4 ways to trick yourself into smarter money habits Carrie SloanheuristicsLifehackermoney habits
Rumor has it there’s a segment of the population who just naturally has amazing habits when it comes to money, citing family traditions of change bottles turned into wonderful vacation memories and a fully-funded retirement that doesn’t include the resume epilogue of Walmart greeter.
For those of us without these habits, there appear to be a few mind tricks that don’t involve lucky numbers or money blown on a Powerball ticket, as Lifehacker’s Carrie Sloan explains.
Adopt a New Mantra
How It Works: For this exercise, you’ll be using the help of a fancy scientific term known as a “heuristic,” which is essentially a rule of thumb that you live by to make decision-making easier. You probably already have many money heuristics that you abide by every day—whether you’re conscious of them or not.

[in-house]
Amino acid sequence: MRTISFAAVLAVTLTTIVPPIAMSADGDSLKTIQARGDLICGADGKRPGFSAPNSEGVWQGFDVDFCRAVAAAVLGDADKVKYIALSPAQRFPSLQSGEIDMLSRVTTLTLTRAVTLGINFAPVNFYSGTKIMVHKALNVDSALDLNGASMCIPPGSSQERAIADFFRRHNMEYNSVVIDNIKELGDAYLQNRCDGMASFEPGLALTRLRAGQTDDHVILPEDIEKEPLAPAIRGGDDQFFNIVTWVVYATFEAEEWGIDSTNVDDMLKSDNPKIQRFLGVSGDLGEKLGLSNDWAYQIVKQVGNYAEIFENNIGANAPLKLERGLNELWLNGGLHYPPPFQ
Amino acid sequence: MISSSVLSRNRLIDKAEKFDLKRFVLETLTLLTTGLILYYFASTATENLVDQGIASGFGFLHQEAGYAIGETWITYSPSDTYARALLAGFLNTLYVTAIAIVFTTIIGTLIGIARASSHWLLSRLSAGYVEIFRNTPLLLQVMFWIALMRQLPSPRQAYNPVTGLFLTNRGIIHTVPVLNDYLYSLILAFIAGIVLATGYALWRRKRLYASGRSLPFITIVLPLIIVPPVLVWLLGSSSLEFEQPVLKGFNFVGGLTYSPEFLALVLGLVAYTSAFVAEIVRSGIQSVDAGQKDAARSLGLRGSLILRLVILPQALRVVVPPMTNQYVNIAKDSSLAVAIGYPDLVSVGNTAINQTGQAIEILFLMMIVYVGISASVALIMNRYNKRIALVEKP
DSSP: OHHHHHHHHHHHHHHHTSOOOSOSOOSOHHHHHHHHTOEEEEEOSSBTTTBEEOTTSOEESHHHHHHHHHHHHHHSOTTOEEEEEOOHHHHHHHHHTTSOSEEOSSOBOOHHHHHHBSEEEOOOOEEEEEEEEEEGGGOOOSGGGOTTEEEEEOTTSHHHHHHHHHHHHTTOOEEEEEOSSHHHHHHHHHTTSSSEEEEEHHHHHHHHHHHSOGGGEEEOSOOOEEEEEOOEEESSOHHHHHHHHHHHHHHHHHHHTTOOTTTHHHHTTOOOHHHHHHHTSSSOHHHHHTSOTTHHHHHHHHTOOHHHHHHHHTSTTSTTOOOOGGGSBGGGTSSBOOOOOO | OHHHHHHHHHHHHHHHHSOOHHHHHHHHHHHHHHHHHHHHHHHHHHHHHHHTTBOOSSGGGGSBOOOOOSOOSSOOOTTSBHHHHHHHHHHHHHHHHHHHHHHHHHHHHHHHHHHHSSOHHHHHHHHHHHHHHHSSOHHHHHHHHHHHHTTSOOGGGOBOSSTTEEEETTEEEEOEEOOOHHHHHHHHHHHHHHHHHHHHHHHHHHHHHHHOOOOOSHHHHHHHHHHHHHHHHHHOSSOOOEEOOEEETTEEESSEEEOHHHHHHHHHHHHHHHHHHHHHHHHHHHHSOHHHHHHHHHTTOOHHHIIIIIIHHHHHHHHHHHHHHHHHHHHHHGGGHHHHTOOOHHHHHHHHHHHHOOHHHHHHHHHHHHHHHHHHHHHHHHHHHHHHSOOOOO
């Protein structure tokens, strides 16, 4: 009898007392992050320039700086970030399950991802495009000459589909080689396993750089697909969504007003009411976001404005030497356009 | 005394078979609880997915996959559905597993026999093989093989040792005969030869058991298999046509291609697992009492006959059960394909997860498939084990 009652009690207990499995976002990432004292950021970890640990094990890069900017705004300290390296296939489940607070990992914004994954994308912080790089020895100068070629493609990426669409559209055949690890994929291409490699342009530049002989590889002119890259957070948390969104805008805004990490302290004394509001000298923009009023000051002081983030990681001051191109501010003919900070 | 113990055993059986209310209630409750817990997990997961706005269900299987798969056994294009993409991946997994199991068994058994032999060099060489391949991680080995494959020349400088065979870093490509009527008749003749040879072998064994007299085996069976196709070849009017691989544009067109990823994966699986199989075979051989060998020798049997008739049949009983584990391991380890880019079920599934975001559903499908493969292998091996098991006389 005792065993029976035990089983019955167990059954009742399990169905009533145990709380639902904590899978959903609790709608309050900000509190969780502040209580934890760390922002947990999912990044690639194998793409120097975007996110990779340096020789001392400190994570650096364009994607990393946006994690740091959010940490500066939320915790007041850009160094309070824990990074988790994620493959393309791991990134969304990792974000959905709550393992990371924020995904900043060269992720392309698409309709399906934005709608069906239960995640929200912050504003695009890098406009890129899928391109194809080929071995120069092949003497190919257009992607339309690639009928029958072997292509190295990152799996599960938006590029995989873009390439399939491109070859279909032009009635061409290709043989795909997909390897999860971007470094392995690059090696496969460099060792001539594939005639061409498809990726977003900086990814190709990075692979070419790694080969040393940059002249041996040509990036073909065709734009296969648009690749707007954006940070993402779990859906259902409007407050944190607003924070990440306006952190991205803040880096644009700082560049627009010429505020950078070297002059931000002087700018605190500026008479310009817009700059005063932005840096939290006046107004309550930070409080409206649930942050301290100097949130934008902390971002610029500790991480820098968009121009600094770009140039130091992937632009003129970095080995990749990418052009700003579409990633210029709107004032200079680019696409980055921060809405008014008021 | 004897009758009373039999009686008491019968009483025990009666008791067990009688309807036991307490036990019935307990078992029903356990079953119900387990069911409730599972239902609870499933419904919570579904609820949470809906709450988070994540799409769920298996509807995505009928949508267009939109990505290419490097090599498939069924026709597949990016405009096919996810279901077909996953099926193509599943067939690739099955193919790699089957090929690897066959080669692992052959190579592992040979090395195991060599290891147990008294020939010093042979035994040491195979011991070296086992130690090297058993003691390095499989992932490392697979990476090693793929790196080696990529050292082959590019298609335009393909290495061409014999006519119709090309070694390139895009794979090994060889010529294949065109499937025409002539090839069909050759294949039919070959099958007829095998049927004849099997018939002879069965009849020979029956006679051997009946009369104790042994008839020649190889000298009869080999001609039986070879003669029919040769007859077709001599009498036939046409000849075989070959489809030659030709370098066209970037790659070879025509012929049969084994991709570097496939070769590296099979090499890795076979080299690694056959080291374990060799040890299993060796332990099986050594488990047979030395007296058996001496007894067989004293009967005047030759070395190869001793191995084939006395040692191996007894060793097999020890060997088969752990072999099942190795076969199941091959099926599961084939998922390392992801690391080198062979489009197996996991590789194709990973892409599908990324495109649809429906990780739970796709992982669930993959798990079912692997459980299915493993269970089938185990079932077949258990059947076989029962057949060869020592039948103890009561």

Some examples: “I only buy used cars,” “always take your tax return to the bank” and “Ideserve to shop online after a hard day at work.” As you can see, some heuristics are better for your finances than others.
Why It Works: If you’re conscious about adopting helpful heuristics, they can be powerful enough beliefs to override bad money behavior. Case in point: “Banking raises, if it becomes a habit, helps us avoid being tempted to spend the money, when we’d rather save it,” says Dr. Shefrin…
Make Saving a No-Brainer
How It Works: In an experiment called Save More Tomorrow, employees were asked to save more for retirement by signing up for a 401(k), then voluntarily increasing contributions by a set amount every few months. The results? Over the course of 28 months, the average participant’s savings rate jumped from 3.5% to 11.6%.
Why It Works: By having the money come directly out of their paychecks, before it hit their bank accounts, the participants never missed the money. Essentially, they bypassed the portion of their brains that loves temptation and activated the slow-thinking region that promotes self-control…
Full story at Lifehacker.
The psychology of saving.
Photo credit: FotoliaPosted by Kate Rinsema